The term "podium" is used correctly to refer to the horizontal surface upon which a speaker, conductor, or other such person stands; while such surfaces are often higher than the immediately-surrounding floor, the term "podium" may refer to such an area whether it is raised or not (one may think of the area as having "elevated importance").
Because the term "podium" is often used in rooms where the speaking position does not have a raised platform, but does have a lectern (bookstand) in front of it, and since "going to the podium" in such a room would imply walking behind the lectern, many people have come to interpret the term "podium" as referring to the lectern rather than the area behind it, and will thus use the term "podium" to refer to the former (e.g. "place the books on the podium"). Note that a construct like "take the books to the podium" would be perfectly reasonable if they were intended for use by someone standing on the podium (behind the lectern) as would typically be the case.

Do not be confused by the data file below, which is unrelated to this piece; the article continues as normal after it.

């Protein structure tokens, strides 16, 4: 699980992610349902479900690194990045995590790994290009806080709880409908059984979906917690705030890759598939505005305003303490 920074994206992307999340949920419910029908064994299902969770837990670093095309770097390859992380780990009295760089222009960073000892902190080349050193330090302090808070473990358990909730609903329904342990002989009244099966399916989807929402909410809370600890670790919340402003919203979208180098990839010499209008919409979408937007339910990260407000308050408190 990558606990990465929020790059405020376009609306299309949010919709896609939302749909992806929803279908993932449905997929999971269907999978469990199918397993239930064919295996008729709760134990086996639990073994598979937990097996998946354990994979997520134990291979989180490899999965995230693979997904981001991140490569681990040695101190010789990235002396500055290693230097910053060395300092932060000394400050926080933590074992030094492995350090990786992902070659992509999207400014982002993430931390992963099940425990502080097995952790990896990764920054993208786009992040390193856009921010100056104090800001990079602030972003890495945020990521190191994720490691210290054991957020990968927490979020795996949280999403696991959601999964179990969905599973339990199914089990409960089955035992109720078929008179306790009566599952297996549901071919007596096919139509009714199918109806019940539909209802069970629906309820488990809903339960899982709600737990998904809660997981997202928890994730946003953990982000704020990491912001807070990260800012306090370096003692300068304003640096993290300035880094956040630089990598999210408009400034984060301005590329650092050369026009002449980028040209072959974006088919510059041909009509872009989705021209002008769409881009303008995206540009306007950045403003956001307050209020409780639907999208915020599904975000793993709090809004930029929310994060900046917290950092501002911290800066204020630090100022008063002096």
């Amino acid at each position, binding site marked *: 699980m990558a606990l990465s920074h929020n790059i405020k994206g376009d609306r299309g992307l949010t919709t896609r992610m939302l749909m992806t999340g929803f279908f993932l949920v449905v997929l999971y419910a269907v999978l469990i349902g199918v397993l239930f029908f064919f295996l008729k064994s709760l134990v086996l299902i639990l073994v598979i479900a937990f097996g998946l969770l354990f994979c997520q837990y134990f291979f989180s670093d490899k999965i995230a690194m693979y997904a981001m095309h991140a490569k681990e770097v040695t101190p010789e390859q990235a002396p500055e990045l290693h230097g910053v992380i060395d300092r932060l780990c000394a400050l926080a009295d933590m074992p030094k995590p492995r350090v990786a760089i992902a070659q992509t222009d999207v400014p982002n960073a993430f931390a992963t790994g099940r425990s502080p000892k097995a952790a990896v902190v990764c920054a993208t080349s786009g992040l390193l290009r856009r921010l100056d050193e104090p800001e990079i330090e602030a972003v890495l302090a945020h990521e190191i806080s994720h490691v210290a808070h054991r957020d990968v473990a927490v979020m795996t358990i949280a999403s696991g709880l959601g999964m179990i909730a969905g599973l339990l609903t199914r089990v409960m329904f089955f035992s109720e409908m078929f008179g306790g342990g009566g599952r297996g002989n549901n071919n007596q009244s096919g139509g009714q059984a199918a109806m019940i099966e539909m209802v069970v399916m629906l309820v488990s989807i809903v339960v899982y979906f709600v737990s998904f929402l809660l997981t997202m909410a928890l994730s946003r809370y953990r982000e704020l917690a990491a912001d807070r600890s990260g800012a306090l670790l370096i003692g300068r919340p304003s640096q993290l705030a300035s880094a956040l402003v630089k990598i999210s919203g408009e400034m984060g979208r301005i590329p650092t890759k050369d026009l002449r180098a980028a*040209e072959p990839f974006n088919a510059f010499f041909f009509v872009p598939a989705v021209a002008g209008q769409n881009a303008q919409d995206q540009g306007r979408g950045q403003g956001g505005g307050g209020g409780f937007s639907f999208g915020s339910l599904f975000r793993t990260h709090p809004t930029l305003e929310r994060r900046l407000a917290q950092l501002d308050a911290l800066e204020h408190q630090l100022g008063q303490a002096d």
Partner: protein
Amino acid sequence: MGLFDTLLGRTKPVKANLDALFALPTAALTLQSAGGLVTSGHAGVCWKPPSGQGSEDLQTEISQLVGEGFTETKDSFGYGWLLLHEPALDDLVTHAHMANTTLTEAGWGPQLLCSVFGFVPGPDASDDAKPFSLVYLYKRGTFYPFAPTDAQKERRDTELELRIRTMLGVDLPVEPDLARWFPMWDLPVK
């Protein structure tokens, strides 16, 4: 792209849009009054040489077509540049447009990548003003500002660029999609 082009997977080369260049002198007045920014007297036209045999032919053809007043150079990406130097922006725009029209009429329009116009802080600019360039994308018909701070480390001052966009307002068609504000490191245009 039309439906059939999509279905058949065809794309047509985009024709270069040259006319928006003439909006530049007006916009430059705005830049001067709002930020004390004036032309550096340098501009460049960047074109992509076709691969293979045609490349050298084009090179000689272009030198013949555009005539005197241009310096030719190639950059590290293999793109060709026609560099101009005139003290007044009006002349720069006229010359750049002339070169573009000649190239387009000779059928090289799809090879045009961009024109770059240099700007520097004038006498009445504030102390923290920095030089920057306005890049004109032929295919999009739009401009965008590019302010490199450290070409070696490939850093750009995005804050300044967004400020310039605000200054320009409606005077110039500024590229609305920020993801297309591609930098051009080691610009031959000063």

In cases where the standing surface area behind the lectern is physically higher than the surrounding floor, the term "rostrum" would be appropriate, but it is not appropriate when there is no raised floor. The term may be somewhat less subject to misinterpretation than "podium", since it refers to the platform, but that doesn't mean it always refers to the horizontal surface. Some kinds of movable rostrum have a permanently or semi-permanently attached lectern, railing, or other such pieces that extend above the floor surface; a request to place something on the rostrum could be interpreted as either an instruction to spread the item on the floor, place it on the lectern, or hang it from the railing, depending upon the nature of the item in question.